The Migration Advisory Committee (MAC) Report on UK Immigration Reform: What Businesses Need to be Aware of
The Migration Advisory Committee (MAC) has today published its report1 on immigration reform.
As the MAC itself acknowledges, there will be “winners” and “losers” in any policy for immigration reform.On an initial reading of the report, it would appear the reforms proposed, while impacting all sectors, would be most challenging for those sectors employing a low-skilled workforce.
End of EU free movement and no provision for low skilled workers While the report is careful to caveat, its advice is clear – if Brexit results in an end to free movement it sees no benefit in a preferential system for EU citizens. Furthermore, the MAC recommends against the introduction of schemes for low-skilled employees, other than the Seasonal Agricultural Workers Scheme (SAWS).
The MAC’s view is such schemes are unnecessary as there is an existing pool of low-skilled workers, though this will likely be heavily contested by businesses in sectors such hospitality, food and drink and healthcare that have already faced labour shortages as a result of falling EU migration. It is difficult to see where such businesses, given current low levels of unemployment, are going to source the labour to meet their operational needs.
Abolition of the RLMT & Tier 2 cap Despite evidence submitted to the MAC highlighting the unpopularity of the Tier 2 sponsorship system, it recommends that sponsorship continue. However, there are two concrete proposals that will be widely welcomed by employers who hold sponsor licences.
Firstly, the removal of the arbitrary Tier 2 cap, which means only 20,700 migrants can come to the UK from overseas on such a visa each year; and secondly, the removal of the Resident Labour Market Test (RLMT). The RLMT places a very large administrative burden on employers, who must prove they can’t find a suitably skilled settled worker for a given role in order to obtain a visa for a migrant.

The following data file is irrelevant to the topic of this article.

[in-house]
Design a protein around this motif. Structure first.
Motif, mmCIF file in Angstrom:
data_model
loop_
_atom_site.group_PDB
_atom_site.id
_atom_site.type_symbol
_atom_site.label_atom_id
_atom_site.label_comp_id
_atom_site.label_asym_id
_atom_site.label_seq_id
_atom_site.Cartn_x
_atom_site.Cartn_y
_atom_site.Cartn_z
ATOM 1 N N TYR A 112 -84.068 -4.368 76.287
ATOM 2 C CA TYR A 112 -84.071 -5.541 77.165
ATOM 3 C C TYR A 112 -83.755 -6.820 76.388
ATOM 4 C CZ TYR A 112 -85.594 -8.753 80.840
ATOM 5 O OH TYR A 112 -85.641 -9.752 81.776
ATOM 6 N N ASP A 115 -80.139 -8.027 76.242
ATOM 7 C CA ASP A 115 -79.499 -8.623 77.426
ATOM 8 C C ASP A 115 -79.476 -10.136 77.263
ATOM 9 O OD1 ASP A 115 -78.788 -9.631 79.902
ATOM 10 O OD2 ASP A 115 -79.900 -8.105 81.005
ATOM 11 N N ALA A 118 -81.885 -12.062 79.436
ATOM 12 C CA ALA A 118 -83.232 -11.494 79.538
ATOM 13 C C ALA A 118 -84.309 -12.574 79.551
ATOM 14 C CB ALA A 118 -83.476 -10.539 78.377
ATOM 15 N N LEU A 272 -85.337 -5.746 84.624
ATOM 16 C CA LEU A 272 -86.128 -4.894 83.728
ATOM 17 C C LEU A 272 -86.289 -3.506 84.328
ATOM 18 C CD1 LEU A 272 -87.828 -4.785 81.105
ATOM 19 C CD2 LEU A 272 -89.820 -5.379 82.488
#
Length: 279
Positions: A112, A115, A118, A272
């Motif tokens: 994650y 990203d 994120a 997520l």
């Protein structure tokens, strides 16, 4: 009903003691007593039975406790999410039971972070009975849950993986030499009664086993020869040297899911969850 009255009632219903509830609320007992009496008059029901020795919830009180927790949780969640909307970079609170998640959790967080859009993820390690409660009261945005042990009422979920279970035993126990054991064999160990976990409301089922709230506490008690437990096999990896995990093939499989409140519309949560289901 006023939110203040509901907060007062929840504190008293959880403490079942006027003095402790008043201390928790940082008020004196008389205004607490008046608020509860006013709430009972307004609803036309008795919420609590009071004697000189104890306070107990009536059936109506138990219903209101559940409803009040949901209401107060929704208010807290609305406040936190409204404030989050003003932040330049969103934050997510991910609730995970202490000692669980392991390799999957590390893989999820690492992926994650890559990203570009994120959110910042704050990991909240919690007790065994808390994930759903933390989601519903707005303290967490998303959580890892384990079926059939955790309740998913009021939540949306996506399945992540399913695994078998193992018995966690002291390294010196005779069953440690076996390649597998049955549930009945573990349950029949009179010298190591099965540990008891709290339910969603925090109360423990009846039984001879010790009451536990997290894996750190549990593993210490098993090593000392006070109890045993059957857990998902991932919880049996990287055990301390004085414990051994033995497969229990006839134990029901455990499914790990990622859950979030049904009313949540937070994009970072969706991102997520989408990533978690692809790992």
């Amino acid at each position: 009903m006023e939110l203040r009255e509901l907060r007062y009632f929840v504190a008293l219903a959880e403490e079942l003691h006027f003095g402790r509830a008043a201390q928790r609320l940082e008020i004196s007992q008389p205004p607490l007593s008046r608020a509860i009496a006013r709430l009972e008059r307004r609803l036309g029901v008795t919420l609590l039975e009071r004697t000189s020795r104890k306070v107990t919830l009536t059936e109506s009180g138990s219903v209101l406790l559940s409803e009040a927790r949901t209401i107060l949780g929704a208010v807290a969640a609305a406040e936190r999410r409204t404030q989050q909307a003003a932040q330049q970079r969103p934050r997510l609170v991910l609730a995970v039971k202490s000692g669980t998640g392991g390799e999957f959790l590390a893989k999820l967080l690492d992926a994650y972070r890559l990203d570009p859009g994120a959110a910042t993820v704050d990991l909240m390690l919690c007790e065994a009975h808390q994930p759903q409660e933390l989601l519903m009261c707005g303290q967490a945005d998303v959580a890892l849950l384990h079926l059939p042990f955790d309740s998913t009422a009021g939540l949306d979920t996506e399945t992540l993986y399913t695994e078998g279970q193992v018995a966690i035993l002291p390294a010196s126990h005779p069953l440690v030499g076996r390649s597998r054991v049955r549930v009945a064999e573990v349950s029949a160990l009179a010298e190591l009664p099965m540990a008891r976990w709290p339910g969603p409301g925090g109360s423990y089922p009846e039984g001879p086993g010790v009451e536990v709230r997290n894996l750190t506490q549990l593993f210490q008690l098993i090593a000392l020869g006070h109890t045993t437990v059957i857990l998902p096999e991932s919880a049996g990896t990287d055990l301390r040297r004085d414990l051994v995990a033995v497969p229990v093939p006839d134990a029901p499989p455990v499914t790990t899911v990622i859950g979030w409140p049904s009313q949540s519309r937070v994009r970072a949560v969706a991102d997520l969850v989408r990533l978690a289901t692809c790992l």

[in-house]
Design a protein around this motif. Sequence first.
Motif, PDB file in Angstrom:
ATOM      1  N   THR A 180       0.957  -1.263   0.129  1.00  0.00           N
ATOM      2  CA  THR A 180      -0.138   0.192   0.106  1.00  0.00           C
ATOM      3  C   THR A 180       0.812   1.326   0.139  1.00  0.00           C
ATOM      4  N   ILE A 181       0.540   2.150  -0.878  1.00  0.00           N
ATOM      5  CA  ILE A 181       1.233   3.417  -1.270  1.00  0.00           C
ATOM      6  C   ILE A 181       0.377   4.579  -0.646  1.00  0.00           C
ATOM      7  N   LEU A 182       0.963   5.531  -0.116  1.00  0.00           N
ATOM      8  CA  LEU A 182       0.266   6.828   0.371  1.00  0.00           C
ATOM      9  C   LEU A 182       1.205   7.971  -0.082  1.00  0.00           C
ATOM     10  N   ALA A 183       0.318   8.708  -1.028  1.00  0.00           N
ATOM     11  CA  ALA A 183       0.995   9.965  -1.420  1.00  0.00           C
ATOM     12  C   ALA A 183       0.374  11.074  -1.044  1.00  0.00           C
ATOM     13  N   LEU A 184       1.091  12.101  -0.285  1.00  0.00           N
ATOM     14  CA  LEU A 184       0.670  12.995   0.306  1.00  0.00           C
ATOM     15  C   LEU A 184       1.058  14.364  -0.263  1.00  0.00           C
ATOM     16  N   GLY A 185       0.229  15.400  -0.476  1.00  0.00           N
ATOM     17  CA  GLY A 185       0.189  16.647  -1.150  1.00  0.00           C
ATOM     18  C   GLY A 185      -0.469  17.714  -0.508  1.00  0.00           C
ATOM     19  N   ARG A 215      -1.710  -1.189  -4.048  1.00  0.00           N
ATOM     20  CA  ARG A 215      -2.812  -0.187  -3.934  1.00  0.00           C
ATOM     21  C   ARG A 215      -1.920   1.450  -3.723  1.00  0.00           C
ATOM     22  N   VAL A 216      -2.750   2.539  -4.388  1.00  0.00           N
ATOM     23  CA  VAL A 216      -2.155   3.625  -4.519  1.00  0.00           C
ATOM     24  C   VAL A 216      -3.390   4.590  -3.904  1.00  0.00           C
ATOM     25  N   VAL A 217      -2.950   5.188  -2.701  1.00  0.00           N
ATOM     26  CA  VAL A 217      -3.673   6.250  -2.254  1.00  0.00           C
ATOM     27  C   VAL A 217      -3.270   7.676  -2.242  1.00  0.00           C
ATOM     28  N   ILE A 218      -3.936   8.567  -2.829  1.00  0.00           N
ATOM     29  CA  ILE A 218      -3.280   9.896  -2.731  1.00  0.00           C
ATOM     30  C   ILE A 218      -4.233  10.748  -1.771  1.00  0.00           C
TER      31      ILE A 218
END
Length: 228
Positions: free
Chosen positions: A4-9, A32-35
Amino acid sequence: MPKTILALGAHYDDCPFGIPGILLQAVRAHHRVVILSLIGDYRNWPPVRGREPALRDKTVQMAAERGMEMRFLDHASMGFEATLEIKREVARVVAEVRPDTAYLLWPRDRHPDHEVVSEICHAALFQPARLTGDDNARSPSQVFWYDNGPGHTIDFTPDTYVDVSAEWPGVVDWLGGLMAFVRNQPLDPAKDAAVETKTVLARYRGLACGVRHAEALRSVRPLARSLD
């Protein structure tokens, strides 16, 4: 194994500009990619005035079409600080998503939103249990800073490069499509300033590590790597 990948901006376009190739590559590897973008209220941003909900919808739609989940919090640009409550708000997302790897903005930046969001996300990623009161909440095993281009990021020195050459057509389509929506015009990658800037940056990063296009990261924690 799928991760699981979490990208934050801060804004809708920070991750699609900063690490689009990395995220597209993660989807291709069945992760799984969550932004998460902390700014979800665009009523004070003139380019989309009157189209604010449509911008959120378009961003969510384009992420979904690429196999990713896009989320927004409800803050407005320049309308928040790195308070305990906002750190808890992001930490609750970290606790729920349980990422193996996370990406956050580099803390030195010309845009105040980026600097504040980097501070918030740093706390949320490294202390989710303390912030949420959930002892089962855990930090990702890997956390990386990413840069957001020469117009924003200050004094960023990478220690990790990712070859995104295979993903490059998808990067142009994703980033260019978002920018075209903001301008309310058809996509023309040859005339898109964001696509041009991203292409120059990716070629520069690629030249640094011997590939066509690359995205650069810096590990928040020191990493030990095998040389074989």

Although the MAC report is about European Economic Area (EEA) migration, there is clearly a silver lining here for non-EU skilled workers who will now find it easier to take up employment opportunities in the UK.
Lowering of Tier 2 skill levels and maintenance of minimum salary levels The MAC report recommends the skill level required for a Tier 2 visa be lowered from its current level – which only allows employment for degree-level roles – to jobs at NQF Level 3, which includes a much wider skill base and includes roles such as farm manager and hotel manager.
The difficulty for employers is the MAC has also recommended the salary threshold for employees coming from overseas remains at £30,000. Businesses that could benefit from the lowering of skills levels, such as the hospitality and food manufacturing sector, will no doubt be concerned as to the viability of meeting these salary thresholds.
Immigration Skills Surcharge (ISC) Currently, employers have to pay a levy of £1,000 per year for non-EU workers who come to the UK on Tier 2 visas. The MAC report recommends this levy be extended to EU workers. If implemented, the cost implications for employers could be significant.
The end of free movement will fundamentally change the way in which UK businesses source labour in a post-Brexit world. If the government follows the MAC’s recommendations, there will be particular challenges for some sectors in sourcing labour and likely additional bureaucracy and increased cost for all sectors.
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